Nuclear fusion happens when two smaller atoms slam together to form a larger atom, releasing energy, which is the way the sun makes power. Nuclear fusion does not produce that same kind of long-lasting radioactive waste, but it's very hard reaction to obtain. And because nuclear fusion creates virtually limitless quantities of energy with no greenhouse gas emissions and no long-lasting radioactive waste, it has become an area of intense interest to scientists and innovators working to commercialize the process as a climate change solution.
Private fusion companies have raised about $5 billion to commercialize and scale fusion technology, and so the decision from the NRC on how the industry would be regulated is a big deal for companies building in the space.
"It's definitely a very good thing. We're very pleased that the NRC commissioners recognized that fusion energy is entirely different from nuclear fission and therefore should not be regulated in the same way," Pravesh Patel, the scientific director for fusion startup Focused Energy, told CNBC. "I think this decision and the clarity it brings is very positive for the fusion industry and removes a major area of uncertainty for the industry."
Commonwealth Fusion Systems, a startup spun out of MIT that's raised more than $2 billion from a notable collection of investors, also supports the decision from the NRC, calling it "a regulatory approach that will enable the U.S. to be a global leader in commercial fusion energy" in a written statement shared with CNBC.
Helion, another fusion startup, says the decision leaves the runway clear for it to deliver its stated goals. "This approach provides a clear and effective regulatory path for Helion to deploy clean, safe and effective fusion energy," Sachin Desai, general counsel for Helion, told CNBC. "It is now incumbent on us to demonstrate our safety case as we bring fusion to the grid, and we look forward to working with the public and regulatory community closely on our first deployments."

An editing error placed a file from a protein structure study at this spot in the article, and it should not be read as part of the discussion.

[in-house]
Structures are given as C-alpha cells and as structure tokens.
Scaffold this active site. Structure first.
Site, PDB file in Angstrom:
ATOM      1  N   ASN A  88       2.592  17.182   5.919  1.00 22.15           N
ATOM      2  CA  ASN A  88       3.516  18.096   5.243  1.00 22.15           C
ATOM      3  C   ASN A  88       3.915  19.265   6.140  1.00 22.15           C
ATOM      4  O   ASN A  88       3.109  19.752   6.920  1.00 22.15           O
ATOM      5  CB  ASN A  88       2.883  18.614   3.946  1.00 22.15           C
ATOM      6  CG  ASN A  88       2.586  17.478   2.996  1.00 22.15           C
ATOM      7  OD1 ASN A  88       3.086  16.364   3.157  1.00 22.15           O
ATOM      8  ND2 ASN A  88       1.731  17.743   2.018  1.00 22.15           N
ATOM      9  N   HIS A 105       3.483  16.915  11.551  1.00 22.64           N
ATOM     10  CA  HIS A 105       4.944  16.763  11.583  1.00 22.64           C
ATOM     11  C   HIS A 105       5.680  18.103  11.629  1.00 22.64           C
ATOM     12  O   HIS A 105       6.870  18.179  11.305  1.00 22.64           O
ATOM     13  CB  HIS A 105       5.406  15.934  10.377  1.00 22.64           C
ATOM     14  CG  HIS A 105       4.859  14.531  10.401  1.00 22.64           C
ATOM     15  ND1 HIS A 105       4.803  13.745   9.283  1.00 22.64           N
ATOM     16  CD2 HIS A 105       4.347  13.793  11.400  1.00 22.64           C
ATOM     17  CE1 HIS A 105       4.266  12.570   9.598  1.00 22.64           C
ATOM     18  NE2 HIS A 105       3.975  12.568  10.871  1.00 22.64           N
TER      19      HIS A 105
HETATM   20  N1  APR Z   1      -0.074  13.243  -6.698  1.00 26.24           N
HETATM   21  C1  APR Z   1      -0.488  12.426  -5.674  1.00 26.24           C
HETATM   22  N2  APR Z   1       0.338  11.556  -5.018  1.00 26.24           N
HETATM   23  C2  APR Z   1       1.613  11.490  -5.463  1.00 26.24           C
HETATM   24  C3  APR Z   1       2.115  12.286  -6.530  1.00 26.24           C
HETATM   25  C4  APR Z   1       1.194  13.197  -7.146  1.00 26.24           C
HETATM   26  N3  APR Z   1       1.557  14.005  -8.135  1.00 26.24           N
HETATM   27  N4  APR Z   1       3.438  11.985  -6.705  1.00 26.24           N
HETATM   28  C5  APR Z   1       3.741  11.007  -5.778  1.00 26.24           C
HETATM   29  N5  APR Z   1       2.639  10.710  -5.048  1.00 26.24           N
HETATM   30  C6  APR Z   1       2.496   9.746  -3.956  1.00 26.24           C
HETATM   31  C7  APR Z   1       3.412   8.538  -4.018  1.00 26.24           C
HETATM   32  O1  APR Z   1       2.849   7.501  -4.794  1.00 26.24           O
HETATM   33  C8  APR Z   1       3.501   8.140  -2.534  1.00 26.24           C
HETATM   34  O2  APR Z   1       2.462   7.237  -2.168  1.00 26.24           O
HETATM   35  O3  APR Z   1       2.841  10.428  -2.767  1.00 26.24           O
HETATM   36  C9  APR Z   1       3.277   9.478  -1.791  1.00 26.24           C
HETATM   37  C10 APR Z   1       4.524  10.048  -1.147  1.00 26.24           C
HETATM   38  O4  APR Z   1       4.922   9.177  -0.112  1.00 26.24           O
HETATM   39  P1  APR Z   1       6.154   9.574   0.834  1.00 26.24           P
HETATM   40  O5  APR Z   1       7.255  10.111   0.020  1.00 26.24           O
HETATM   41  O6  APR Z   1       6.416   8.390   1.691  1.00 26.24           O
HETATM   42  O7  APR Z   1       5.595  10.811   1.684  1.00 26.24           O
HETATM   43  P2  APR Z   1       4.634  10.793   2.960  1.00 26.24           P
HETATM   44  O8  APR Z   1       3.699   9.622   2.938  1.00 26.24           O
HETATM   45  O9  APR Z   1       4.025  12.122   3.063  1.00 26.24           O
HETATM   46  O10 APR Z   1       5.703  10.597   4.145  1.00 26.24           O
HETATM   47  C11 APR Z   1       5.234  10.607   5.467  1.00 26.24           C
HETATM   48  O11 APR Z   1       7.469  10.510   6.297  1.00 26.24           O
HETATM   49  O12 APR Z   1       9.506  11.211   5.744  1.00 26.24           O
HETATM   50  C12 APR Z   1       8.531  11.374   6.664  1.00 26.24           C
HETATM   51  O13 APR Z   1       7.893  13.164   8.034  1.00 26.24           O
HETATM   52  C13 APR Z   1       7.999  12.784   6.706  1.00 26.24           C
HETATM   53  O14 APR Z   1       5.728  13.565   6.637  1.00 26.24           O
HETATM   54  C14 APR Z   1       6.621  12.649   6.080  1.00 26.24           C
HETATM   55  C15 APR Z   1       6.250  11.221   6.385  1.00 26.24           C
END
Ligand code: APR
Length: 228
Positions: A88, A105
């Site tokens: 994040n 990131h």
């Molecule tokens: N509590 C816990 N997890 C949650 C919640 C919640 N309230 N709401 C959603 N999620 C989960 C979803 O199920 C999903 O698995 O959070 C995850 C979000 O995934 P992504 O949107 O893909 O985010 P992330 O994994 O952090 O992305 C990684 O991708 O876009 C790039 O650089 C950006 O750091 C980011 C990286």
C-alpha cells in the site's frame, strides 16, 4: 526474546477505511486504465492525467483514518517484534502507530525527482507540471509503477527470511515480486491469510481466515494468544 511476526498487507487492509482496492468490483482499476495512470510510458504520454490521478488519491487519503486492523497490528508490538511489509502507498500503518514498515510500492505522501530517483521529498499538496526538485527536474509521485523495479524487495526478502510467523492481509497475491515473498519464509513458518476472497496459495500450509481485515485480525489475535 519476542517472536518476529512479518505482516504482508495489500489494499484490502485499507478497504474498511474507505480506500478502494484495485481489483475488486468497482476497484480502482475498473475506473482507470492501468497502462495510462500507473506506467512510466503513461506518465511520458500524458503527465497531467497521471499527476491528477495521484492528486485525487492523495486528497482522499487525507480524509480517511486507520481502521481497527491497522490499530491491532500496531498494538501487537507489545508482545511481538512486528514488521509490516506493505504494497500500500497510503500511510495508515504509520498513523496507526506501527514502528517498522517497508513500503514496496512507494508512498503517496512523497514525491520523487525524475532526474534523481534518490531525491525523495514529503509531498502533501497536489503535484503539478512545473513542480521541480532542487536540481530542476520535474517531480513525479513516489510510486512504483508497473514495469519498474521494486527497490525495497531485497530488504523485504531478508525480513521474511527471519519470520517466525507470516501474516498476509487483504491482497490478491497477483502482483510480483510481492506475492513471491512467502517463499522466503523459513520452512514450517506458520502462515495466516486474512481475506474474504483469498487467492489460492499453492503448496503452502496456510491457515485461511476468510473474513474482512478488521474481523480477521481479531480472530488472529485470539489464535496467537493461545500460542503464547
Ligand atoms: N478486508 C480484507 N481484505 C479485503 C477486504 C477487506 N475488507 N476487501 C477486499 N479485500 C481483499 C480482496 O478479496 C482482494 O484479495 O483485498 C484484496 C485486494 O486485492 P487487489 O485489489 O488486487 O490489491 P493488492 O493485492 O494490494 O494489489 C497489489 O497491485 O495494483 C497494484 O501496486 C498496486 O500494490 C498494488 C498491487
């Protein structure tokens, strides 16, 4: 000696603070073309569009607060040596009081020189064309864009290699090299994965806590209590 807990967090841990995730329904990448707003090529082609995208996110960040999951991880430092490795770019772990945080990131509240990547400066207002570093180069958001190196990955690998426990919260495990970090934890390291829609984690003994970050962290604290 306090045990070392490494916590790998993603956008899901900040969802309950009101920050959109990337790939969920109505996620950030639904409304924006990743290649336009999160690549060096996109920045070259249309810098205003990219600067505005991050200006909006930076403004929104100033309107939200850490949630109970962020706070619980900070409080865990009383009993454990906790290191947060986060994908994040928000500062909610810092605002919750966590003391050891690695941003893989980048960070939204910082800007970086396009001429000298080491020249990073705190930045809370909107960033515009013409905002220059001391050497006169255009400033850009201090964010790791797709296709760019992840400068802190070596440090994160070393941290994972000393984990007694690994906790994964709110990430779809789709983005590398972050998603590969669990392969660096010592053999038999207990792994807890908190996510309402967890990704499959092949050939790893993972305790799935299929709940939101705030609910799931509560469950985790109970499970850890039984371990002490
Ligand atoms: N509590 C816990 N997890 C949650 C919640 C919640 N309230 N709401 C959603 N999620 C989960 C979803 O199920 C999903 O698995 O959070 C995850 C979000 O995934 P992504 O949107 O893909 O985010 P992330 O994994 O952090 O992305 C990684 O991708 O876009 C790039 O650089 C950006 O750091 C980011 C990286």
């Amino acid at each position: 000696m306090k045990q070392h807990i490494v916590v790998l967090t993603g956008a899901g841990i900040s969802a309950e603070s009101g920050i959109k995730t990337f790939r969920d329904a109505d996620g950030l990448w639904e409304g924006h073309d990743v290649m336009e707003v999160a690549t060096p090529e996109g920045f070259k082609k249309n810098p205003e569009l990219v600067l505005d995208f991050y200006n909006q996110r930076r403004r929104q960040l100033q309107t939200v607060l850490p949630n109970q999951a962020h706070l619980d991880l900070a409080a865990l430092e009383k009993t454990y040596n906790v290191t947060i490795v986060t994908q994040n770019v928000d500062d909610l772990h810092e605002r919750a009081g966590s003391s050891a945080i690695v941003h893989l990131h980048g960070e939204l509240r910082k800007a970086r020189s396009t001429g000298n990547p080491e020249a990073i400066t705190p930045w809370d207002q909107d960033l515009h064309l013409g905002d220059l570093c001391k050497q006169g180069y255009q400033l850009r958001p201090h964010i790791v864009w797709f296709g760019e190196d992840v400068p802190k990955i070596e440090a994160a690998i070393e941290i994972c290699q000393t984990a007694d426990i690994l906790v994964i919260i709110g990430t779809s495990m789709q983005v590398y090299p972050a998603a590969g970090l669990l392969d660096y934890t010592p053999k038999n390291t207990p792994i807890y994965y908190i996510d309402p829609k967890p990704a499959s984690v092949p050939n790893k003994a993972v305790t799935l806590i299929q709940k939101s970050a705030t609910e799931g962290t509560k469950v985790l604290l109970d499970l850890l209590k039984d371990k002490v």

The approach to regulating fusion is akin to the regulatory regime that is currently used to regulate particle accelerators, which are machines that are capable of making elementary nuclear particles, like electrons or protons, move really fast, the Fusion Industry Association says. Particle accelerators are fundamental to high-energy physics research, and they have been used to innovate in a wide variety of industries, including medicine, according to the Department of Energy.
Technically speaking, fusion will be regulated under Part 30 of the Code of Federal Regulations, Jeff Merrifield, a former NRC commissioner, told CNBC. The regulatory structure for nuclear fission is under Part 50 of that code.
"The regulatory structure needed to regulate particle accelerators under Part 30, is far simpler, less costly and more efficient than the more complicated rules imposed on fission reactors under Part 50," Merrifield told CNBC.
"By making this decision to use the Part 30, the commission recognized the decreased risk of fusion technologies when compared with traditional nuclear reactors and has imposed a framework that more appropriately aligns the risks and the regulations," he said.